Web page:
Participants in their investigation were hired through Amazon’s Mechanical Turk, a crowdsourcing task website, to view videotapes of CEOs presenting IPO roadshow, then to rate the speakers for competence, attractiveness, and trustworthiness.

Brad Hendricks

Brad Hendricks

At least 40 people viewed each series of 30-second video clips from 224 actual road show presentations between 2011 and 2013, with modified audio to muffle words while retaining vocal pitch and rhythm.

After controlling for other factors that could affect stock price like CEO age, experience, and education, companies with higher-rated CEOs on a composite score of competence, attractiveness, and trustworthiness ratings received a larger price increase for the proposed offering price and the revised price for secondary markets.

Mechanical TurkFor each 5% increase in CEO composite perception score, the final market price was 11% higher, and CEO perceived competence and attractiveness had a significant impact on firm valuation.
However, trustworthiness alone had no effect.

These initial perceptions also correlated with companies’ early performance, based on stock prices up to 12 months after the IPO, suggesting that “…investors … glean real additional information about the CEO from … nonverbal behavior and … perceptions of management are signals for firm value.”

Gotham Research GroupBloggers as well as traditional media outlets are important arbiters of CEO reputation.
In a commissioned analysis of 10 well-known institutional bloggers by the Gotham Research Group, perceptions of CEO authenticity were significantly related to bloggers’ evaluations of CEO competence and performance.

Candor, bluntness, fearlessness, specificity, plain words, examples from stories, warmth, frequent contact with customers and employees, and acknowledging challenges and worthy competitors are all essential to setting a credible tone, according to this report.

Weber ShandwickIn fact, Public Relations firm Weber Shandwick noted that 49% of company reputation is attributed to CEO reputation, and 60% of market value is attributed to company reputation.
Perception of a CEO, the firm argues, has significant influence on market value, underscoring empirical findings by Blankespoor’s team.

-*What non-verbal behaviors and attributes signal “leadership” and “executive presence” to you?

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Attractive Men May Appear More Competent, But May Not Be Hired

Sun Young Lee

Sun Young Lee

Previous blog posts have noted bias in favor of attractive people for hiring and venture funding decisions, as well as for positive impression formation by others.

As a result, less attractive yet capable individuals may face “workplace attractiveness discrimination,” or differential treatment of people based on how they look, according to Sun Young Lee of University College London, University of Maryland’s Marko Pitesa, Madan Pillutla of London Business School, and INSEAD’s Stefan Thau.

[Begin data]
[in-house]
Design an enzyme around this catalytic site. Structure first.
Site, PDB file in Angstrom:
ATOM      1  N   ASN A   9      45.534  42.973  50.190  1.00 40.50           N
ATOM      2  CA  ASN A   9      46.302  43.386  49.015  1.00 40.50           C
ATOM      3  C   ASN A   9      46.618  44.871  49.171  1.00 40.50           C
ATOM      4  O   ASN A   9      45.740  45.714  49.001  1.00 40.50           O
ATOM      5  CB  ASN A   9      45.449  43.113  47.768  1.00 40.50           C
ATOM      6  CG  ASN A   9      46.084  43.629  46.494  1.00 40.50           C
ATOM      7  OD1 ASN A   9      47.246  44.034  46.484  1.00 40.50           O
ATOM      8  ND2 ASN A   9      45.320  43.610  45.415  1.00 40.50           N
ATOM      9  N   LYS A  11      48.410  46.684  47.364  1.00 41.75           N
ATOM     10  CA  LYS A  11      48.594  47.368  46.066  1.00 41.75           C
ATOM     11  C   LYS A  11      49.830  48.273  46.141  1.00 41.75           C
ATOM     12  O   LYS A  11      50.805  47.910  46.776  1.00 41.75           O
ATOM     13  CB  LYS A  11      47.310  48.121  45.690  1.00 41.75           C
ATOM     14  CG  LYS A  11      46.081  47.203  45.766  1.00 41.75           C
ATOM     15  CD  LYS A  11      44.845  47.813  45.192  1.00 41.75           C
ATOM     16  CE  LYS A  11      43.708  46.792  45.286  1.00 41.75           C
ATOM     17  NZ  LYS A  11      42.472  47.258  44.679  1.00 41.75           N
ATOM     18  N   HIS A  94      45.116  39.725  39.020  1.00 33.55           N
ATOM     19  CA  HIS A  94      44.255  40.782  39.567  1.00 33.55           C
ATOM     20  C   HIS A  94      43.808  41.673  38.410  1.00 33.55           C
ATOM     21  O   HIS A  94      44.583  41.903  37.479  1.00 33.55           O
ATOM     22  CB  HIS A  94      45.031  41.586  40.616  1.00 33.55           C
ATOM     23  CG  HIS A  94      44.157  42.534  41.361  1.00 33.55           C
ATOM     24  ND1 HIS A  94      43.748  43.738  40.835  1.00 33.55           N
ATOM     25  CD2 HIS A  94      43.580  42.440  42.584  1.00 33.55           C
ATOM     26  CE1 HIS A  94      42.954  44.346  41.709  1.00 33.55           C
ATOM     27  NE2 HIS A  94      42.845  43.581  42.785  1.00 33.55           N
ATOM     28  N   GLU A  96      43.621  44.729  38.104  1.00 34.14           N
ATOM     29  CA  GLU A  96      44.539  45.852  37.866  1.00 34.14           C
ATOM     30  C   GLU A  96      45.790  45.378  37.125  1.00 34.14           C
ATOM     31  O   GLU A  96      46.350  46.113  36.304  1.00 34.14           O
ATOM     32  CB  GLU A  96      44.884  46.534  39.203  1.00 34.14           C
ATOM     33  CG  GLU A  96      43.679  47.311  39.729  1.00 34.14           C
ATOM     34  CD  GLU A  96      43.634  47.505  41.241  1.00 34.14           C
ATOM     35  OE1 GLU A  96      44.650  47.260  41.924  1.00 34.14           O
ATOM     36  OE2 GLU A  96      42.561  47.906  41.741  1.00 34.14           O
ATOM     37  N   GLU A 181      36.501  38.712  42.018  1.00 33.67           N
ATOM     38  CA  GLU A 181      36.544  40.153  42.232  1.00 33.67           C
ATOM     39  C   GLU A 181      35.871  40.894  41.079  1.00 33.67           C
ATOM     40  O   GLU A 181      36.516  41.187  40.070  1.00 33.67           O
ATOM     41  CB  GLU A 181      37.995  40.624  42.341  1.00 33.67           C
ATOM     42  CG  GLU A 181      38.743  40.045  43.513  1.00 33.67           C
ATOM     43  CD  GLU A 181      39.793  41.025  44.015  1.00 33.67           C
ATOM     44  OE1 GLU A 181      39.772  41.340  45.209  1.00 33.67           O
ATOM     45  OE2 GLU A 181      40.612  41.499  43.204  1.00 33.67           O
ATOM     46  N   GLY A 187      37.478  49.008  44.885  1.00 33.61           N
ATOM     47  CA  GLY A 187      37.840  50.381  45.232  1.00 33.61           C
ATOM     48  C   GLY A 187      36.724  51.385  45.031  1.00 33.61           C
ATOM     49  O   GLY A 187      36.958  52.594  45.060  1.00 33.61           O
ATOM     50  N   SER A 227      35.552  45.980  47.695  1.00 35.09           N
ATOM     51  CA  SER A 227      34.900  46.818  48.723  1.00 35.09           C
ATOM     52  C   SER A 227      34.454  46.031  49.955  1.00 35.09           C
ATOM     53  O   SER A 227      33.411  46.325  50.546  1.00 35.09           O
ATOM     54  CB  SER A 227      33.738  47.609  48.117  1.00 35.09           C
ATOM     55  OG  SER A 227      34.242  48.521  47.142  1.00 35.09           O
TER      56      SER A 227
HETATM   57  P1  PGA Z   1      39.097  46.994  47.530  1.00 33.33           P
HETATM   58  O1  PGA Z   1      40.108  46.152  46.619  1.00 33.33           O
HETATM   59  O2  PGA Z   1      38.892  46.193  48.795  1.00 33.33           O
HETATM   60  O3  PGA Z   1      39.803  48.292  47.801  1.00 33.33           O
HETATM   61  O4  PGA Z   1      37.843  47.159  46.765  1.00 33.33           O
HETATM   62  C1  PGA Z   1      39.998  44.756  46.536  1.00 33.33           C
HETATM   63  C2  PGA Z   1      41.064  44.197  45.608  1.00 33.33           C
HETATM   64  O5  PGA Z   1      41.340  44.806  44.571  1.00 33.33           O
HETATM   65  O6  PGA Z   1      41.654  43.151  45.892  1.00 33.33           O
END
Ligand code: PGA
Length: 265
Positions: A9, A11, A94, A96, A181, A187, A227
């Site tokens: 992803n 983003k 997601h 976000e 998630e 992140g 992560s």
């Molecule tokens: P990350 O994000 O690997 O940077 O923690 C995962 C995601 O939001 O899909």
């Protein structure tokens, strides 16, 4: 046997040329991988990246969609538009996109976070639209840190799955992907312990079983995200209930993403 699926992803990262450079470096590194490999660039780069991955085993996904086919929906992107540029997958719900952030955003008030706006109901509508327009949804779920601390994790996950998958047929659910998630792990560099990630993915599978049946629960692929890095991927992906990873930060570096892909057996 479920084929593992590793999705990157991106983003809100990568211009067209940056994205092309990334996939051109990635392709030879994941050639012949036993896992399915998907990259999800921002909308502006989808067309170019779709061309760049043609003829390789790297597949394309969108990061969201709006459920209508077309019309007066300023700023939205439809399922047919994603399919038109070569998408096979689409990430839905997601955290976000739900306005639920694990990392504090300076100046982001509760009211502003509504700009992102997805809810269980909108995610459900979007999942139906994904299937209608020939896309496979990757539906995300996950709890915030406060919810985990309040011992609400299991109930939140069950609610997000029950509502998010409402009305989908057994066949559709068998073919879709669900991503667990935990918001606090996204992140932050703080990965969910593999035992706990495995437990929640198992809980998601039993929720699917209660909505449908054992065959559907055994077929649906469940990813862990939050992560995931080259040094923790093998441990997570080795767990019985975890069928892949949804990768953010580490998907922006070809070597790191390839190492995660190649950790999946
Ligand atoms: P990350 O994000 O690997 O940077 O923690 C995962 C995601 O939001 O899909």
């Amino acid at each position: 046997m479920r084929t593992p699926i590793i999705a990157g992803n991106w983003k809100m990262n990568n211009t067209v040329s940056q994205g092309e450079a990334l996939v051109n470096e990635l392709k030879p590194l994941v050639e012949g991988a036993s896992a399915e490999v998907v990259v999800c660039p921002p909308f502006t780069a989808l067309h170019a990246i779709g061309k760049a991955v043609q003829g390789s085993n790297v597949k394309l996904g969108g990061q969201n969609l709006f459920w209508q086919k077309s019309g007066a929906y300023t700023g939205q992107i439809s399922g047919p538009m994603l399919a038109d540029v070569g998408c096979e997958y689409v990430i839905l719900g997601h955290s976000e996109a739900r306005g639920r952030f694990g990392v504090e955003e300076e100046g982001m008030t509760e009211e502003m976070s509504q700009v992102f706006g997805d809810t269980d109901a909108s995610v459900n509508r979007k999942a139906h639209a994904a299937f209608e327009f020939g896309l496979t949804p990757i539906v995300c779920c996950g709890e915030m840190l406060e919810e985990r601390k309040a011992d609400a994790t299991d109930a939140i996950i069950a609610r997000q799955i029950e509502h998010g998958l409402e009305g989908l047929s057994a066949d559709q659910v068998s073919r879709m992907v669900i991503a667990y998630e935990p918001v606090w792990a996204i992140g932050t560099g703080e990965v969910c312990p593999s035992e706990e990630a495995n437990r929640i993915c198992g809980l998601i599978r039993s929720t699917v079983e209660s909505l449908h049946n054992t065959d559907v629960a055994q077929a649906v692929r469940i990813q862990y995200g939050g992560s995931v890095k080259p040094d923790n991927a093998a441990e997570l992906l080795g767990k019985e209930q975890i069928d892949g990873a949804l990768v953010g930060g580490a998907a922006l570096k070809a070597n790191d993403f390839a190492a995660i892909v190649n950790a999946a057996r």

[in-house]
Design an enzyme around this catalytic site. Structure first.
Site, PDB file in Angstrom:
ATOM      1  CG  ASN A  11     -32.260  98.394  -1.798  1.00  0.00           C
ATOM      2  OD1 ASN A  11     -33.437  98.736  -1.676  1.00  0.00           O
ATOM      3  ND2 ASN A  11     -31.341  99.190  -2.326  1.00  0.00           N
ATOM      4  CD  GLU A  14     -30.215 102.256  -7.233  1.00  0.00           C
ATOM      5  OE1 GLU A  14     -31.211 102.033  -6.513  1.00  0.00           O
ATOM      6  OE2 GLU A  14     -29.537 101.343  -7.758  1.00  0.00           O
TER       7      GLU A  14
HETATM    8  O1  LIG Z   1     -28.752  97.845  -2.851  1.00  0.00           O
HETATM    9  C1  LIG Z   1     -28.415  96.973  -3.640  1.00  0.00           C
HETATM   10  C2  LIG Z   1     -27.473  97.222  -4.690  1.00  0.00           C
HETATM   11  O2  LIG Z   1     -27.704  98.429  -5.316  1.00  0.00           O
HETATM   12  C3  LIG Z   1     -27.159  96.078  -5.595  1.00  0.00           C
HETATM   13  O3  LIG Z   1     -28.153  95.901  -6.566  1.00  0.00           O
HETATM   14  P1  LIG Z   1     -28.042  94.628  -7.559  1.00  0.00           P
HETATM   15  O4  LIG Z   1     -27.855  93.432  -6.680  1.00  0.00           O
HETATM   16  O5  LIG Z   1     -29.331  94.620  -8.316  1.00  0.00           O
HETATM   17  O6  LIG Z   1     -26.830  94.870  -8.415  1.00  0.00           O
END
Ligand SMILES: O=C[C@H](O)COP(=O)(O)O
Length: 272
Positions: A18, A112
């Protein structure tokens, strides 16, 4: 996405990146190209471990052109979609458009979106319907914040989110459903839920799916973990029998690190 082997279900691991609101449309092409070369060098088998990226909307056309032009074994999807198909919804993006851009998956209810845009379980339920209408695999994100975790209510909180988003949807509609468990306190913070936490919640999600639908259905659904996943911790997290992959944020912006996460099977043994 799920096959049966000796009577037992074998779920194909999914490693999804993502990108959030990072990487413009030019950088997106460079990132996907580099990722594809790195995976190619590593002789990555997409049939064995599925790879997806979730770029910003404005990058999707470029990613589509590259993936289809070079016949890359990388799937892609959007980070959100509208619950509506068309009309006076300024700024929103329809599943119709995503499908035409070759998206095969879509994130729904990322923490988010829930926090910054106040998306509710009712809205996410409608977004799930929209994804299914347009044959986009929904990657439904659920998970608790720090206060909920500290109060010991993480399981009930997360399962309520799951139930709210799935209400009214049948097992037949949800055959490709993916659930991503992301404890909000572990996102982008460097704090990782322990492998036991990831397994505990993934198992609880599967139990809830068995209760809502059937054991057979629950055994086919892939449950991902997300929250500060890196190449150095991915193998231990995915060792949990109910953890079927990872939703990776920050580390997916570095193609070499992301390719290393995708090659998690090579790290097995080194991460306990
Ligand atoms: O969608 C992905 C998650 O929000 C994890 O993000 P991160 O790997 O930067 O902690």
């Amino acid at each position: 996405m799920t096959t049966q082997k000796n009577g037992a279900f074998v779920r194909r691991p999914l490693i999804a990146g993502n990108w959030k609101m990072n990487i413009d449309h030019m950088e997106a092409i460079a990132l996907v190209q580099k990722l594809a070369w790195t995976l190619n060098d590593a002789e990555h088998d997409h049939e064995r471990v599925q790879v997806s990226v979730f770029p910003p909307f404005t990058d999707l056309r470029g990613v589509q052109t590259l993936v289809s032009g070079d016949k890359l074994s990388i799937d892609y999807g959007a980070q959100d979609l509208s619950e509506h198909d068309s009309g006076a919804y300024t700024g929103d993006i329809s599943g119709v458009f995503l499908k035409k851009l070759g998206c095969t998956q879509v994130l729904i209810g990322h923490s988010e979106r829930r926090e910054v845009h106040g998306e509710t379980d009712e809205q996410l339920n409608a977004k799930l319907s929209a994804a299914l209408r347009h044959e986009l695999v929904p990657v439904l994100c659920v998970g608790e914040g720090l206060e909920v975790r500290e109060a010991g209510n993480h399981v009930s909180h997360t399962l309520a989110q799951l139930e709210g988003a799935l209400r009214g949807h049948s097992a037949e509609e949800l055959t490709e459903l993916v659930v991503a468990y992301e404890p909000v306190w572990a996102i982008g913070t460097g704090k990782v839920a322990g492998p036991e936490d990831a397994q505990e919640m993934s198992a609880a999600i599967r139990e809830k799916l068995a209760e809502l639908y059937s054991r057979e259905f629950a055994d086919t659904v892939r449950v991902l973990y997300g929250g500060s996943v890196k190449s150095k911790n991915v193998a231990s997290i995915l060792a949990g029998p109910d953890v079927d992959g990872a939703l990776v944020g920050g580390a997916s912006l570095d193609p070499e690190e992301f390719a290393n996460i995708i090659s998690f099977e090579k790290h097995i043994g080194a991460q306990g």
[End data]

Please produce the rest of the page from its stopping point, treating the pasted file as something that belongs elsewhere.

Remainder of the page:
Marko Pitesa

Marko Pitesa

In fact, their four studies using different samples, selection tasks, candidate attractiveness, and candidate interdependence found that people making employment decisions show systematic selection bias based on perceived attractiveness and organizational context.

Lee’s team drew on two theories to explain differential impact of attractiveness in employment and work task situation: Status generalization and interpersonal interdependence.

Murray Webster

Murray Webster

Status generalization describes how unrelated status characteristics like gender, ethnicity, national origin and attractiveness, become relevant to task performance as observers associate status characteristics with behavioral expectations, leading to group inequalities.
These associations are powerful, and often occur without conscious, logical or evidential basis, according to University of South Carolina’s Murray Webster and Martha Foschi.

James Driskell

James Driskell

Separately, Webster and University of South Carolina colleague James Driskell demonstrated that external status characteristics significantly affect face-to-face interactions:  When people work in task groups and physical status characteristics were made salient (skin color, age, social economic status. attractiveness), individuals with the preferred perceived characteristics were more likely to be rewarded with more power and prestige, even when these physical status characteristics are irrelevant to the task.

Martha Foschi

Martha Foschi

As a result, people with relevant skills may be overlooked in favor of individuals with high status outside the group.
Based on status generalization theory, Lee’s team suspected that decision makers associate attractiveness with competence in male but not in female candidates.

Harold Kelley

Harold Kelley

They integrated this inference with interdependence theory proposed by UCLA’s Harold Kelley and John Thibaut of University of North Carolina to suggest that people’s expectations of interpersonal relationships affect their attempts to maximize relational rewards and minimize accompanying costs.